Having a palpable plan with numbers, a time frame and government incentives is vital to establish electric cars in Germany though, says Anja Smetanin from the VCD, an ecologically-minded mobility club.
Currently there are barely 19,000 electric cars on German streets. While all German manufacturers, like VW, Audi, Mercedes and BMW, have electric cars in their line-up, only 0.6 percent of all new cars sold in Germany in the first quarter of 2015 were electric cars. In Norway, that figure was approximately 20 percent.
"What is lacking is an impetus from the industry. At the car dealership and in the ads, what you see are the big conventional cars - you don't see the alternative technologies," Smetanin told DW, adding that the big cars are what the manufacturers currently make their money with.
Bye-bye fertilizer, hello organic produce
Agriculture emits greenhouse gases as well. Fertilizers produce nitrous gases while the stomachs of cows and sheep produce methane. In the past five years, greenhouse gas emissions in the agriculture sector have increased by six percent.
The climate action plan wants to reduce these greenhouse gas emissions by 17 percent until the year of 2030. But there is no rule in the plan that sets up concrete measures, such as a lower production of meat or higher taxes on meat products.
Instead, the plan focuses on reducing the application of fertilizers - something organic agriculture is already doing. The goal is to have 20 percent of all agricultural areas in Germany cultivated organically by 2030. Currently, the number is six percent.
Is the plan enough?
While the new climate action plan is setting goals for individual sectors to reduce greenhouse gas emissions, it is lacking concrete measures on how to achieve this.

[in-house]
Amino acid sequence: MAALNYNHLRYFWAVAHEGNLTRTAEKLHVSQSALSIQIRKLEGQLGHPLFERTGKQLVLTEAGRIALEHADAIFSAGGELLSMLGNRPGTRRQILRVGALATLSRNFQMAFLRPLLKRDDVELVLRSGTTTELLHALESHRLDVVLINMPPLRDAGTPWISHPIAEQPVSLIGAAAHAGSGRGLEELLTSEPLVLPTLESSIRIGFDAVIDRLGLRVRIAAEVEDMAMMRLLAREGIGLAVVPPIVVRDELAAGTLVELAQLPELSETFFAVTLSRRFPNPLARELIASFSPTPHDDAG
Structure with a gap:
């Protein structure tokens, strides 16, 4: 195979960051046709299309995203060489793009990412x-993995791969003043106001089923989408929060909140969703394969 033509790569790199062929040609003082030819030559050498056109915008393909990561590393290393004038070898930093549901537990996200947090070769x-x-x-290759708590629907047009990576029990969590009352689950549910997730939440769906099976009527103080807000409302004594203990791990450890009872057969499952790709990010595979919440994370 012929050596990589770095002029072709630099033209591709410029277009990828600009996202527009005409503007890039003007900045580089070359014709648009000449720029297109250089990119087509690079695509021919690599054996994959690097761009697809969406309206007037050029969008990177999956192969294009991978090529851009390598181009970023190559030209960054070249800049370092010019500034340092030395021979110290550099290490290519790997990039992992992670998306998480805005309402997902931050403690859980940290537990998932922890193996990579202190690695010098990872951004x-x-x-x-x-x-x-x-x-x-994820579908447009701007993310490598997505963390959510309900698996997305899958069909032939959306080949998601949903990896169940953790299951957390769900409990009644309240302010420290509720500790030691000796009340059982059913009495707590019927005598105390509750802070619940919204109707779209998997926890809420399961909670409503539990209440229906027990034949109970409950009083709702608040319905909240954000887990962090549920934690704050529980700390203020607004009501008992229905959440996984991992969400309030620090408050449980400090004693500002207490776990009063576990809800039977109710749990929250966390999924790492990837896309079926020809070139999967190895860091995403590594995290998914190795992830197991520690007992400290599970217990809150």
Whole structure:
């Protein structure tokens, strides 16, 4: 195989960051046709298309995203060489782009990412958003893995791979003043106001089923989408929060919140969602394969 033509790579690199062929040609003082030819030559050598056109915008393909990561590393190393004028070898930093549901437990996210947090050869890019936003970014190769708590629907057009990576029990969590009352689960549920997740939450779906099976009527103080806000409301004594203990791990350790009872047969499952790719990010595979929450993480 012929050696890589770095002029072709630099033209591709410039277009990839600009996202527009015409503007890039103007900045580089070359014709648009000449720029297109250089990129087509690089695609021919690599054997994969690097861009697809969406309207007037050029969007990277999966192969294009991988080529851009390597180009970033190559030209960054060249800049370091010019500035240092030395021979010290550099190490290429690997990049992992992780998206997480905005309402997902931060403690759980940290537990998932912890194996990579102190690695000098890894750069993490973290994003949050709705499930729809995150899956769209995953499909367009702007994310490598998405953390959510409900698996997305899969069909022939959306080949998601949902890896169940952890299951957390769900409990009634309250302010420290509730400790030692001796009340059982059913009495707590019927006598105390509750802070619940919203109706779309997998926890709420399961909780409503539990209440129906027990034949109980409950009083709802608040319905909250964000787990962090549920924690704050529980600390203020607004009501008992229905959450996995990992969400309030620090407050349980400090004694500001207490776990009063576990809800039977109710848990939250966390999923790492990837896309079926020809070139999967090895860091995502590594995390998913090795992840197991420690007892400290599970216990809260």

And even if the goals described in the new action plan are achieved, the targeted greenhouse gas reduction won't be enough for Germany to meet its goals of last year's COP21 Paris agreement: to do its bit to keep global warming below 2 degrees Celsius and to stabilize it at around 1.5 degrees Celsius.
Germany would need to fully switch to renewable energy within the next 15 years to reach the 1.5 degrees Celsius goal
According to a study by the NewClimate Institute on behalf of Greenpeace, Germany's power generation would have to be climate-neutral by 2030 in order to reach the 1.5 degrees Celsius goal. That means Germany would need to fully switch to renewable energy within the next 15 years.
"If Germany wants to keep its climate promise, the amount of greenhouse gases would need to be reduced drastically. The government has to now switch from snail pace to turbo-operator," Carsten Smid from Greenpeace said.
And other environmental experts agree. "You cannot pursue a serious climate protection with a plan like that," said Regine Günter from the World Wide Fund for Nature (WWF).
Despite criticism from environmental associations, the new climate action plan is a step in the right direction. Environment minister Barbara Hendricks was especially relieved after Germany managed to agree on the climate action plan.
"Now I won't travel to Marrakesh empty-handed," she said. "Quite to the contrary. The plan sends an important message that Germany is capable of acting when it comes to climate protection."